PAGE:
Community members rallied ahead of a precedent-setting decision on the Belle Park encampment on Monday.
Gathered in front of the Frontenac County Court House, rally-goers showed their support for Belle Park encampment residents ahead of the Ontario Superior Court of Justice’s hearing on an injunction which would allow the City of Kingston to evict approximately 35 people living in Belle Park.
The rally was organized prior to the Oct. 30 hearing by the Encampment Support Network, with Queen’s and community members making speeches.
“Queen’s students will not tolerate the continual neglect and abuse of our unhoused neighbors on our dime,” said Dylyn Reid-Davies, MA ’24 in sociology, and director of the Levana Gender Advocacy Centre, to the crowd.
Belle Park is Kingston’s largest encampment of unhoused residents. The encampment is located behind the Integrated Care Hub (ICH) off Montreal St., a shelter and safe injection site.
“Today I call on Queen’s students and community members to stand in solidarity with encampment residents to ensure our community is well supported and cared for,” Reid-Davies said.
Retired United Church Minister Dawn Clarke reminded rally-goers of the greater implications of the court’s decision.
“This court case happening in Kingston today and tomorrow decides what is likely to be a precedent for the rest of Ontario. The decision made here may affect people all over the province who are living without housing,” Clarke said.
Fourteen Belle Park encampment claimants are taking the City to court, citing violations of their rights under the Canadian Charter of Rights and Freedoms. The Kingston Community Legal Clinic (KCLC) is representing encampment residents in their claim that the city is violating their Charter rights to life, liberty, security, and equal protection under the law.
KCLC and residents are calling the constitutionality of Kingston bylaw 2009-76 into question in their lawsuit. The bylaw prohibits camping and the use of camping equipment on public property.
The City applied to the Ontario Superior Court of Justice to enforce the bylaw in July of 2023. The bylaw would provide the City a legal basis to clear the Belle Park encampment.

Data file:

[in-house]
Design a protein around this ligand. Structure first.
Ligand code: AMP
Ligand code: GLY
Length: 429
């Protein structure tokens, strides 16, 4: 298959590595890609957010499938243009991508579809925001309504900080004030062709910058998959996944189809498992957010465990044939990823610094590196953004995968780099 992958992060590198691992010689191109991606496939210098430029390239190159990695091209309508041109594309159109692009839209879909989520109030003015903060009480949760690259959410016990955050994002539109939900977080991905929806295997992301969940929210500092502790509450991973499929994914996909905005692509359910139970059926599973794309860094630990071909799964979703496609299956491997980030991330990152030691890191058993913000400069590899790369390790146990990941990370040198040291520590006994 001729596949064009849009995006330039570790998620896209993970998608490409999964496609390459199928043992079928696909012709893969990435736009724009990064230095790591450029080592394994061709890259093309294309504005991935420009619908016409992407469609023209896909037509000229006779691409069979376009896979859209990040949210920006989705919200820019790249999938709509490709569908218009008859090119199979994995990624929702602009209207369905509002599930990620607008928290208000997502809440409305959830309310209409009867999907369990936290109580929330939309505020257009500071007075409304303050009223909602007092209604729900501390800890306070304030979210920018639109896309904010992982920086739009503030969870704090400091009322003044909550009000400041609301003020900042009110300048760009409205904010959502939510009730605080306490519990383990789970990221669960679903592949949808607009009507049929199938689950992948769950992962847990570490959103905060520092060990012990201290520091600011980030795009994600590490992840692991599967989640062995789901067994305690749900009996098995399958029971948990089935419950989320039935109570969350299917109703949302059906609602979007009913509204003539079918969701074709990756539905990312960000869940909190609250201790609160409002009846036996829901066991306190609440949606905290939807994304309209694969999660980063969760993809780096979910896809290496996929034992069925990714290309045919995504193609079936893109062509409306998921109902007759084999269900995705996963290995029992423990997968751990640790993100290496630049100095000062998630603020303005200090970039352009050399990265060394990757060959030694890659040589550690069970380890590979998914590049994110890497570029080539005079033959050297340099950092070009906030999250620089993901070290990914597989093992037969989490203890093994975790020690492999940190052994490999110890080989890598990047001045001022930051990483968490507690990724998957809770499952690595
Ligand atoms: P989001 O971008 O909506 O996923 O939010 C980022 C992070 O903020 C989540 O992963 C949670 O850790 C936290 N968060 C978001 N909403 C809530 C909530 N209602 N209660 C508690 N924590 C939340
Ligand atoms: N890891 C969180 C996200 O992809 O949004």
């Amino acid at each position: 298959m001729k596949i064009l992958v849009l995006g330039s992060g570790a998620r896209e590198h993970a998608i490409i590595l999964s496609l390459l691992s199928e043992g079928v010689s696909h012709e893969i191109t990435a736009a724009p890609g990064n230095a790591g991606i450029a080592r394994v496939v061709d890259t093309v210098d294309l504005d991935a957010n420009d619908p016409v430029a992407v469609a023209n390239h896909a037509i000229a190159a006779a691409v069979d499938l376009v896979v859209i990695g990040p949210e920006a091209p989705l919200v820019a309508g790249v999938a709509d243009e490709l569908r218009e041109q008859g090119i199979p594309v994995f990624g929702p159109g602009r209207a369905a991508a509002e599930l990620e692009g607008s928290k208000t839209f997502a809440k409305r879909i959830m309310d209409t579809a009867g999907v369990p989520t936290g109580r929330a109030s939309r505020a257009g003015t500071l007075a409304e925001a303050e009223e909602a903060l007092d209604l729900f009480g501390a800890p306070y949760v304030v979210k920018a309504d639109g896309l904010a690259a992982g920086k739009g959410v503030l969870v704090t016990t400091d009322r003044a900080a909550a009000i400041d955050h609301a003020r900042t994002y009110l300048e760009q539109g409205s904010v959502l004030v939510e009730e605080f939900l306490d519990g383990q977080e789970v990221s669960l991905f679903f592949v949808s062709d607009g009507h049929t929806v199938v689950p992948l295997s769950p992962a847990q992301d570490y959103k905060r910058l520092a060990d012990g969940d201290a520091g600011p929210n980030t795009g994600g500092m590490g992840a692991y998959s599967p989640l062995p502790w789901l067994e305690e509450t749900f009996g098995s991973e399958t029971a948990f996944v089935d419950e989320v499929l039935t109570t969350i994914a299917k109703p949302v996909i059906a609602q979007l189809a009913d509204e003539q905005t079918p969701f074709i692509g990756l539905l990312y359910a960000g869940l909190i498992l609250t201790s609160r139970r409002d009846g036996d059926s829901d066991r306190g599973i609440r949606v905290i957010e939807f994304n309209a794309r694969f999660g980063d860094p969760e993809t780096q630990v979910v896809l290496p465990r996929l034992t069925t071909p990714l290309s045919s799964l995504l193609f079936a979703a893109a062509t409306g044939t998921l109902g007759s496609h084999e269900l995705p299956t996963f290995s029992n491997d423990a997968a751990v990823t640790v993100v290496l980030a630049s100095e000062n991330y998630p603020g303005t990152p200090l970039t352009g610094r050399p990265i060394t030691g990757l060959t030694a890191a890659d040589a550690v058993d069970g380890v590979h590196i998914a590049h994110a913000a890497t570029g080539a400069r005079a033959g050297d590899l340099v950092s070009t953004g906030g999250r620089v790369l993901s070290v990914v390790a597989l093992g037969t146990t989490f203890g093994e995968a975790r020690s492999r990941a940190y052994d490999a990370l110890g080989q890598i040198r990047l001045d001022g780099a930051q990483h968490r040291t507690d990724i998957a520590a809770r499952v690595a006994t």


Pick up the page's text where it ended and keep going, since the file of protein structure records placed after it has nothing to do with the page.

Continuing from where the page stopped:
The purpose of the bylaw is to promote the safe use and proper management of parks, City legal representative Nik De Stefano explained on Monday.
At the court hearing, Will McDowell, another City representative, worried Kingston has become the landlord of dangerous property. McDowell cited an increased number of police and fire department calls to the area, an alleged link between drug and human trafficking in the encampment, and the vandalism of hydropoles near the encampment.
McDowell used this line of reasoning to defend the city against claims the City is violating encampment residents’ rights. From the City’s perspective, the Belle Park encampment isn’t secure.
Representing the encampment residents, John Done of the KCLC defended the purported safety of the encampment by its proximity to the ICH. Done claimed approximately 98 per cent of encampment residents used drugs, with many using fentanyl. The ICH is the only service in Kingston offering 24/7 post-consumption care and Done claimed the ICH has reversed over 1,400 overdoses.
Done said there are approximately 480 names on Kingston’s homelessness registry, and only 166 available shelter beds. For some encampment residents, shelter restrictions disallowing couples, pets, or drug paraphernalia deter them from relocating. The restrictions are an important component of the encampment residents’ court case.
Shelter capacity played a crucial role in the Ontario Superior Court of Justice’s decision to decline the Region of Waterloo’s application to remove an unhoused encampment in January.
Prior to March 2023, when Kingston’s Encampment Protocol was reinstated, City Council continually voted to pause the protocol, limiting the issuing of trespassing notices.
Kingston’s Encampment Protocol involved providing encampment residents with information on available services, informing the Housing and Social Services Department on individual needs, and issuing a six-hour trespass notice.
The court proceedings will continue Nov. 9.
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